Any given PS should be evaluated in populations of patients different from that in which it was originally described. The original ICH score study was performed in ED patients, and it is mainly in this group where most current studies have been performed. Some research has been performed exclusively in ICU patients,14–16 although they have not focused in the validation of the ICH score comparing it with other accurate ICU scores.
As the popular and widespread ICH score is frequently used in current ICU practice, we aimed our research to validate it in the critical care patient group. The objective of this study was the validation of the ICH score in patients with a diagnosis of ICH admitted to the ICU.
Materials and methods
We performed a multicentre cohort study including all consecutive 336 patients presenting with a diagnosis of spontaneous ICH from October 2009 to January 2012 to the ICUs of three hospitals in Andalusia (Regional University Hospital of Málaga, University Hospital Virgen de las Nieves, Granada and Neurotrauma Hospital, Jaén). All participating hospitals are tertiary referral centres for neurosurgical conditions in the region, providing comprehensive facilities for treatment of patients with acute stroke, including neurology, neuroradiology, neurosurgery and critical care. These hospitals frequently collaborate in multicentre studies10 17 and participate in organ donation programmes.
The inclusion criteria were patients over 14 years of age with acute ICH confirmed on CT imaging of the brain with or without intraventricular extension. Patients with a history of trauma, those with aneurysmal subarachnoid haemorrhage or underlying parenchymal lesions were excluded.
After admission patients underwent diagnostic imaging and treatment procedures according to the best clinical practice guidelines at the time of inclusion.18
The attending neurosurgeon was routinely consulted to assess the need for surgical haematoma evacuation and/or insertion of external ventricular drainage (EVD). The decision for surgical treatment was made following local guidelines for clinical practice or when the attending neurosurgeon considered it necessary. When a surgical decision was made for clot evacuation, a standard craniotomy with corticotomy and haematoma aspiration was carried out in all cases, with or without EVD placement.
For this cohort study, data were collected by specifically trained physicians in each hospital. Data collected at admission included age, admission Glasgow Coma Scale (GCS), APACHE-II, pupillary changes at ICU admission, haematoma volume and location (haematomas originated in the supratentorial compartment were classified into lobar vs basal ganglia/thalamic), presence of intraventricular haemorrhage (IVH) and ICH score. Volume of the haematoma was calculated according to the admission CT scan and applying the formula AxBxC/2, being A, B and C the maximal diameters of the clot in the three planes of space.8 19 ICH score was used evaluating five items: GCS (13–15:0, 5–12:1, 3–4:2 points), age (<80:0, >80:1 point), infratentorial origin of ICH (No:0, Yes:1 point), ICH volume (<30cc:0, >30cc:1 point) and presence of IVH (No:0, Yes:1 point).9 We collected GCS on ICU admission and worst GCS on first ICU day. Although the original ICH score study assessed GCS score at discharge from the emergency room, this value is similar to the GCS on ICU admission used in our study.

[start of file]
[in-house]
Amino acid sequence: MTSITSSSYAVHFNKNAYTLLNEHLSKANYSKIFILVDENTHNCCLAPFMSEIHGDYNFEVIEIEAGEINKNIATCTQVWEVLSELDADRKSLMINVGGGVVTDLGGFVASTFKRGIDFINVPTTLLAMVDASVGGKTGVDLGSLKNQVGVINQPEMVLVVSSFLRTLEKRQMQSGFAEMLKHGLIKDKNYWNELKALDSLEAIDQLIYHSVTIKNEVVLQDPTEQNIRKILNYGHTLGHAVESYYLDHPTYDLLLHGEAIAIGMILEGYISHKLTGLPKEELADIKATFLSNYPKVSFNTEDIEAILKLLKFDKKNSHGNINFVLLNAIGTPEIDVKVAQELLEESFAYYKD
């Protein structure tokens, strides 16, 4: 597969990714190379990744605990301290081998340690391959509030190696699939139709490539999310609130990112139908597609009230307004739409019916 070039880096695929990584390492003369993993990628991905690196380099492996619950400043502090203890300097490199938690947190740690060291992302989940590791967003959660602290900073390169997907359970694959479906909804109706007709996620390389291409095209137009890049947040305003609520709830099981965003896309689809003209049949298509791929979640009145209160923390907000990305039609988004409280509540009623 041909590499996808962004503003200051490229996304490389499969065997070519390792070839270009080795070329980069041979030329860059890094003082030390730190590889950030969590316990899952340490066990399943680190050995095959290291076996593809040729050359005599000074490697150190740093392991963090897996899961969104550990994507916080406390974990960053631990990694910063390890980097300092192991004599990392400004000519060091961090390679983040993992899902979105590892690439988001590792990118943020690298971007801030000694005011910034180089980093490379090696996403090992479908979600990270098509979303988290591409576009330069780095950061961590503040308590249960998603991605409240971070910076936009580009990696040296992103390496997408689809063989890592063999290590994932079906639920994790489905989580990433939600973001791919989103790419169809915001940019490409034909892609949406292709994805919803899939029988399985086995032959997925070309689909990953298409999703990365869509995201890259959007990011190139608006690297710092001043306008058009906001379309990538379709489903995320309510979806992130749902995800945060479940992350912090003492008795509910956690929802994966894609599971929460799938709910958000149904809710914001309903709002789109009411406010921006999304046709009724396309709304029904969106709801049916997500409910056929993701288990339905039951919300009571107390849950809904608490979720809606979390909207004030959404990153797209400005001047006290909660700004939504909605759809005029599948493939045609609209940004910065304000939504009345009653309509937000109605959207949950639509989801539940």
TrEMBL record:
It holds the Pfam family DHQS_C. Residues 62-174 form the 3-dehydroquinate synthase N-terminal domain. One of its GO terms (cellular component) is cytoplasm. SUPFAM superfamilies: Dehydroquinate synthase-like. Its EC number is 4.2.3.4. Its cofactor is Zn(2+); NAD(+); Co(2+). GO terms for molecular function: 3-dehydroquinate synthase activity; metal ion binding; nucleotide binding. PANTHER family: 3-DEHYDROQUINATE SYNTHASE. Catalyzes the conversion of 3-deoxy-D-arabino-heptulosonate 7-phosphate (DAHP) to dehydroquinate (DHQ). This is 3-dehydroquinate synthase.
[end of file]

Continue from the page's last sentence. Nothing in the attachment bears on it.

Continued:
Intervention and outcome data were subsequently collected including insertion of EVD and/or surgical evacuation of the clot, length of ICU admission, and 30 days, ICU and overall hospital mortality. Most of these variables were routinely registered in the clinical notes and easily identifiable from the electronic records with a low rate of missing data. Data collection was prospective in Málaga (148 patients) and Granada (93 patients). Jaén Hospital (95 patients) joined the study later (January 2010), so data collection there was partially retrospective. Data were analysed anonymously.
Quantitative variables were expressed as median and IQR, qualitative variables as percentages and frequencies. Non-parametric tests were used to compare continuous variables, applying the Mann-Whitney U test for comparisons of two independent samples. Multivariate analysis was performed using a multiple logistic regression model. We included different variables significantly related to mortality (table 1) in this multivariate analysis, considering that they could improve the prognostic accuracy of the ICH score without increasing its complexity.
Standard mortality ratio (SMR), Hosmer-Lemeshow20 test and (Gruppo Italiano per la Valutazione degli Interventi in Terapia Intensiva, GiViTi) calibration belt21 22 were used to assess the agreement between observed and predicted mortality. The area under the ROC curve was used to analyse discrimination.23 PSPP (psppire.exe 0.7.8.) and ‘R V.3.4.1’ were used for statistical analysis.
Patient and public involvement
The patients and or public were not involved in the design, in the recruitment or conduct of the study.